Syrian Child Actor Killed in Missile Strike

A child actor who depicted the lighter side of real-life scenes in war-torn Aleppo has been killed by a missile strike, while he was trying to escape.

08.02.16 1:59 PM ET

Even though there is little to laugh about in war-torn Aleppo, 14-year-old Qusai Abtini was able to make people smile. The popular comedic child actor starred in a televised sitcom set on the streets of Aleppo, where the crew filmed scenes even as bombs exploded nearby. Tragically, news has just been released that he was killed when his father’s car was hit by a missile last month as they tried to escape the city amid intensified bombing.

According to the BBC, which first reported his tragic death, Abtini played the main character in the sitcom Umm Abdou the Aleppan, which was a weekly show about daily life in a war zone that has been likened to I Love Lucy.

All of the child actors played adult characters and Abtini’s Abu Abdou depicted a hard-handed Syrian husband whose wife Umm Abdou, played by a young girl known as Rasha, was always up to mischief, including trying to form a radical feminist faction, which he was able to talk her out of because of her fear of rodents.

Many of the episodes dealt with normal life, from marital spats to grocery woes, all against the backdrop of power cuts and bombings. In several episodes real bombs can be heard in the background as the child actors brace against the noise.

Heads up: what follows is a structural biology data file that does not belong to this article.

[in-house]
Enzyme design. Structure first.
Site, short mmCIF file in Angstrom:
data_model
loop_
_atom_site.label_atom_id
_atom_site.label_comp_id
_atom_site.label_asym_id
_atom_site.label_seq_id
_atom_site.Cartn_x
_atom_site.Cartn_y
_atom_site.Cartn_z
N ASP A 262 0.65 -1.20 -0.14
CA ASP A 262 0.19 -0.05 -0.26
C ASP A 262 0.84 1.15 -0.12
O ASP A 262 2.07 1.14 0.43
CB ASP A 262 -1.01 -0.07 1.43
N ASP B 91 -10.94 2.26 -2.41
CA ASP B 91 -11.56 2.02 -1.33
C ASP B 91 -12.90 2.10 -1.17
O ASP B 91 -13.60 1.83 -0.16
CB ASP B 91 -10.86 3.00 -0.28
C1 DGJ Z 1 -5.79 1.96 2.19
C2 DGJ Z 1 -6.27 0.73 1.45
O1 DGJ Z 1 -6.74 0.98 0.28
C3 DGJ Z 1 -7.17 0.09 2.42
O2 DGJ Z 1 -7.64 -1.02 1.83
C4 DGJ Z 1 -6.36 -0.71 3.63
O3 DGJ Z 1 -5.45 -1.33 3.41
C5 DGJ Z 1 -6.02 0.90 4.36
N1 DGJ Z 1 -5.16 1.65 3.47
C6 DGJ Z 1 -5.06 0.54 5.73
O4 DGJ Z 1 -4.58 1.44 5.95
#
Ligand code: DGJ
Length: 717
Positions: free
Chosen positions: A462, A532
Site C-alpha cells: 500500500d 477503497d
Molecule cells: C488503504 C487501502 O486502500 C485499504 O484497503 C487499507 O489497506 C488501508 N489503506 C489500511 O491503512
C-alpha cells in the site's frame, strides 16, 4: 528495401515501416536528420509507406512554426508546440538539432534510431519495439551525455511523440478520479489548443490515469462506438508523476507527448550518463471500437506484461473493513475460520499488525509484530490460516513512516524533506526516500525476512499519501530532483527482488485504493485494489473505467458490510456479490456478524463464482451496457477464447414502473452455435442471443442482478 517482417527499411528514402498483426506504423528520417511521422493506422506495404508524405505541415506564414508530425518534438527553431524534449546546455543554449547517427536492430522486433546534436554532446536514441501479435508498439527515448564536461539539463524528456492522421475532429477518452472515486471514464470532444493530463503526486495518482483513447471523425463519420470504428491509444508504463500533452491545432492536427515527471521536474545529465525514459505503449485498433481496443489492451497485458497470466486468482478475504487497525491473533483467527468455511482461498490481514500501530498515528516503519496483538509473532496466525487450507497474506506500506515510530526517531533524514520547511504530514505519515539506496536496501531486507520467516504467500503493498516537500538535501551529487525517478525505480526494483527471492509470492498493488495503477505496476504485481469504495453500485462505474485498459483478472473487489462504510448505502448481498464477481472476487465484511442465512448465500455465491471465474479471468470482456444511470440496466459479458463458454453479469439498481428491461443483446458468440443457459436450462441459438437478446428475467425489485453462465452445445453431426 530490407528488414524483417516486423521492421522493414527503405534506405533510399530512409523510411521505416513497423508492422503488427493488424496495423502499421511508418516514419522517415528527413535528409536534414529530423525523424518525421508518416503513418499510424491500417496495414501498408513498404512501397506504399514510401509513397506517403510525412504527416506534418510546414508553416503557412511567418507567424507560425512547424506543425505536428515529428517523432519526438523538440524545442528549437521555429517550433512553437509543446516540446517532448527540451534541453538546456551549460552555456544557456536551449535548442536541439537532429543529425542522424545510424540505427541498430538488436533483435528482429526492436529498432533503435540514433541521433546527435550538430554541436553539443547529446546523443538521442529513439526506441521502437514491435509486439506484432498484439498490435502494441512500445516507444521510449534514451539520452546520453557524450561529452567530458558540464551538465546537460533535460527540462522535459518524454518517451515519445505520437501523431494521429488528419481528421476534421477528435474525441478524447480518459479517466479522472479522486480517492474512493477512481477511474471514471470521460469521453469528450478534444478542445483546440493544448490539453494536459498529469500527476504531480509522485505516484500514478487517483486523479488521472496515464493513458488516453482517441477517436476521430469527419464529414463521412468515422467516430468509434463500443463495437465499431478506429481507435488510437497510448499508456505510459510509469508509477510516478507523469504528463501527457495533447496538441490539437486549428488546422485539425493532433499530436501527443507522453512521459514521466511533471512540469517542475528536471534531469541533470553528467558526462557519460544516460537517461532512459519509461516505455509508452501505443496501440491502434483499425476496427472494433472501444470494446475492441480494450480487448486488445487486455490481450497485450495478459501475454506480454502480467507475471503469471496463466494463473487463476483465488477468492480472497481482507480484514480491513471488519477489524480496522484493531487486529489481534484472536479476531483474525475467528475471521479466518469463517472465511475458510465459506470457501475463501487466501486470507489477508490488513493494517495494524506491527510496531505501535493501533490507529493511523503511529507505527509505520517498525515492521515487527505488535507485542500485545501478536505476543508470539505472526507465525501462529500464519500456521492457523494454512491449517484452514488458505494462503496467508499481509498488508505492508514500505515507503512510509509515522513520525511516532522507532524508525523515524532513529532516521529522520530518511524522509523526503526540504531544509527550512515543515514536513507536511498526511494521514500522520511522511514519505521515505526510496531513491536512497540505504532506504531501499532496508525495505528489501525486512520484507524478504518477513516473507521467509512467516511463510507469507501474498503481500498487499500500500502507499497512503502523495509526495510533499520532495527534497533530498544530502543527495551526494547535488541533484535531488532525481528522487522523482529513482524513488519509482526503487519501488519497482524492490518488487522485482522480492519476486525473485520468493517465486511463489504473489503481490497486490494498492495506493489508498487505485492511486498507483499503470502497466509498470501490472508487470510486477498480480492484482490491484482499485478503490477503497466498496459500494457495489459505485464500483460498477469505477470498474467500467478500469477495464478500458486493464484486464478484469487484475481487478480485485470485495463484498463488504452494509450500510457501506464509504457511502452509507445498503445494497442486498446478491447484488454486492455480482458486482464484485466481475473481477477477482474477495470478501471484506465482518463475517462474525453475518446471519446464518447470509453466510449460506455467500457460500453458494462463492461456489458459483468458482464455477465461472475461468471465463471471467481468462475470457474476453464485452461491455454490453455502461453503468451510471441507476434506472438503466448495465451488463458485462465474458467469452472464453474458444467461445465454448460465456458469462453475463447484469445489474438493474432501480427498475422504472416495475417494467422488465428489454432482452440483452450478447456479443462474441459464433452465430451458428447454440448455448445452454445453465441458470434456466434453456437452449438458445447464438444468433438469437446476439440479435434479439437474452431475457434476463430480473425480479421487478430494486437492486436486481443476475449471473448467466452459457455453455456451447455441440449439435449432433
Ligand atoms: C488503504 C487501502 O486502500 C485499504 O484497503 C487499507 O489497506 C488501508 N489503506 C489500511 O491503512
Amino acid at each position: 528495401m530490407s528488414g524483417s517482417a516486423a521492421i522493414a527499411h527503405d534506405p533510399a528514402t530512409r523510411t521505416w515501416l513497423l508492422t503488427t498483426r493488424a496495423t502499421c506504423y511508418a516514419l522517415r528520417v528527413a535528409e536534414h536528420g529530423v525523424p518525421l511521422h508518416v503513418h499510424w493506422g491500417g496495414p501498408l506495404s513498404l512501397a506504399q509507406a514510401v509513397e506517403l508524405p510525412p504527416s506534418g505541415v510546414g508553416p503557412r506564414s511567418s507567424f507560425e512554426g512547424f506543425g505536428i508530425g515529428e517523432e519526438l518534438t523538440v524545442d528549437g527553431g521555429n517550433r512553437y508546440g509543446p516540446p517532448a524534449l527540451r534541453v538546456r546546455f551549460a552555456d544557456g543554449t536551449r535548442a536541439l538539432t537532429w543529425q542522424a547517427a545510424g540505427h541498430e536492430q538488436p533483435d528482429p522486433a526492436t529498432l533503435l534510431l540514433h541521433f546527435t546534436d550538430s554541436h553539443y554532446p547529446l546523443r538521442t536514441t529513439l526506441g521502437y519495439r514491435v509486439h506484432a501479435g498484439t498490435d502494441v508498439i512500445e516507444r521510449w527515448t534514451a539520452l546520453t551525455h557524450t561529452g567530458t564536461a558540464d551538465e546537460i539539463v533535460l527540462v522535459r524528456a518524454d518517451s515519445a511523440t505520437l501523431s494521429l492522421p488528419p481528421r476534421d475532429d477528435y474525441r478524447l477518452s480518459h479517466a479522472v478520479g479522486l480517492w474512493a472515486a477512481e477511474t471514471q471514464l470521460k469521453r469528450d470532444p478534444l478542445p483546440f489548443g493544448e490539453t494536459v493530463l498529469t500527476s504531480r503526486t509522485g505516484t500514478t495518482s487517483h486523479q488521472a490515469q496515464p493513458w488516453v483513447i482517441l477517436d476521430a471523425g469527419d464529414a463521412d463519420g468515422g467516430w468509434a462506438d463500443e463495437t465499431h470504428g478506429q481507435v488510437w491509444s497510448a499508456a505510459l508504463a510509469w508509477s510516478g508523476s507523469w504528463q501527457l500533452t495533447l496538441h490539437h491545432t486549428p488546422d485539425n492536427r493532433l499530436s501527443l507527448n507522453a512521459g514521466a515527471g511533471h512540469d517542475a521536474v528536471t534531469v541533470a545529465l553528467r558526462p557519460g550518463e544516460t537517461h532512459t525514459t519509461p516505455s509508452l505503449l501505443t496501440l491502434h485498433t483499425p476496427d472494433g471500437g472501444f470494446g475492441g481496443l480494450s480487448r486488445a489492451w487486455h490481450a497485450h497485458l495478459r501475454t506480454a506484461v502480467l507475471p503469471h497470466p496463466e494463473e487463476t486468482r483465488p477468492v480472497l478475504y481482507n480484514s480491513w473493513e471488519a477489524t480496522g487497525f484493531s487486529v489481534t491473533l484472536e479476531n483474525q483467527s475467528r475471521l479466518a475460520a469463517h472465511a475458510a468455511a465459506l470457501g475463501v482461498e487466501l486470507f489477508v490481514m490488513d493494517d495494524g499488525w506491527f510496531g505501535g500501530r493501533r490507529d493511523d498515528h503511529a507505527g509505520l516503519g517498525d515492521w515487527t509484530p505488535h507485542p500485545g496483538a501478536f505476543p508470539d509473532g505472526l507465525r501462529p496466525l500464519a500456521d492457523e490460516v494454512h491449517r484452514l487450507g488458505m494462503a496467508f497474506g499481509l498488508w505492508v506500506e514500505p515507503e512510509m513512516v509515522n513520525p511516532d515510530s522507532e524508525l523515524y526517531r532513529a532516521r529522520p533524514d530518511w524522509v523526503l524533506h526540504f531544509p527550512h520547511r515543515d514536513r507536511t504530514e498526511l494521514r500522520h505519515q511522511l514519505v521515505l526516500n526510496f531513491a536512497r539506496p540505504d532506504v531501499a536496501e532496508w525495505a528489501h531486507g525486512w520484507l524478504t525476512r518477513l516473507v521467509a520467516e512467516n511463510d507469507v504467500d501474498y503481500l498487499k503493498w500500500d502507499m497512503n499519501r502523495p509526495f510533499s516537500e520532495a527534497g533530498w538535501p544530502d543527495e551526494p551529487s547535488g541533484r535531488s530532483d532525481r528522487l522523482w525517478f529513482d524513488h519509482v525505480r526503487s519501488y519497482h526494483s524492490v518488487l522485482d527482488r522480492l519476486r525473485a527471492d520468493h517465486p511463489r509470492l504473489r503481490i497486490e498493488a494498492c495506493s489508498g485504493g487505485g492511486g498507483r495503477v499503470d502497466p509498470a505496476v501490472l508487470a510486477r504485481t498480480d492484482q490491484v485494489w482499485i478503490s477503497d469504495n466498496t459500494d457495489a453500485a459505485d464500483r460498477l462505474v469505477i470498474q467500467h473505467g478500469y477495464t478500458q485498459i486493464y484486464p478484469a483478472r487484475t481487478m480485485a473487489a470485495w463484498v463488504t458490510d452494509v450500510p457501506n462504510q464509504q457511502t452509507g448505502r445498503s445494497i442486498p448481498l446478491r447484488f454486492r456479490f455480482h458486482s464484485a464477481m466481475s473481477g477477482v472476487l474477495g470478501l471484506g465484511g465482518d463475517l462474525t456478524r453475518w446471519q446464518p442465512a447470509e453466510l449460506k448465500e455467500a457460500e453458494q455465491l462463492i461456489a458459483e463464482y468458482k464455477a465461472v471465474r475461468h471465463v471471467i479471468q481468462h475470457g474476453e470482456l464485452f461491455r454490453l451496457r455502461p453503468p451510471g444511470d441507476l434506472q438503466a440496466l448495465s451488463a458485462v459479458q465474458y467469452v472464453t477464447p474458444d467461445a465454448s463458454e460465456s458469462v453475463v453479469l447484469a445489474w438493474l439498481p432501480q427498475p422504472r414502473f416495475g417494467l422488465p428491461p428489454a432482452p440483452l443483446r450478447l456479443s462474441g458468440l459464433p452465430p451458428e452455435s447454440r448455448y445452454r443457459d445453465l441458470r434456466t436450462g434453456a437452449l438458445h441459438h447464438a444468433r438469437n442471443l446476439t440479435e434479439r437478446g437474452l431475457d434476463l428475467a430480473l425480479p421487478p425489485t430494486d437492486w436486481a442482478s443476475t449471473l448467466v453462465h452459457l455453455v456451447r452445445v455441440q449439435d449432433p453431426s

The show, which ran for 30 episodes on Halab Today TV, which was an opposition television station that was shut down in 2015, has somewhat of a cult following among Syrians who have escaped their homeland.

In an interview with the Associated Press, the show’s director Bashar Sakka described Qusai as a “very talented boy” who he discovered after the young boy’s drama teacher introduced them.

“We were looking for an intelligent boy,” Sakka told the Associated Press in Turkey, where he now resides. “We wanted him to be free with ideas, and without fear of Bashar Assad's regime and its ruthlessness.”

Even before his fame, Abtini was well known among those opposing Assad. According to local media reports, he was often seen leading protests and rallying his friends to stand up to the regime. He even starred in several opposition videos. Qusai’s older brother Assad, who is a fighter in the Free Syrian Army, was quoted by the Daily Telegraph describing his brother as a hero.  “He was loved by everyone, he used to lead the revolutionary protests in the streets. He was their poster boy,” the older brother said. “But he was my little brother. Every time I see kids in the street now I cry thinking of him. It feels like my heart will stop beating.”

According to the Associated Press, Abtini’s father, who was wheelchair bound after he was wounded when a missile struck their home, attended the boy’s funeral holding up a poster accusing the Assad regime of killing his son: “Qusai, Abu Abdu the Aleppan. You are a little hero. You scared the regime with your giant acts so they killed you.”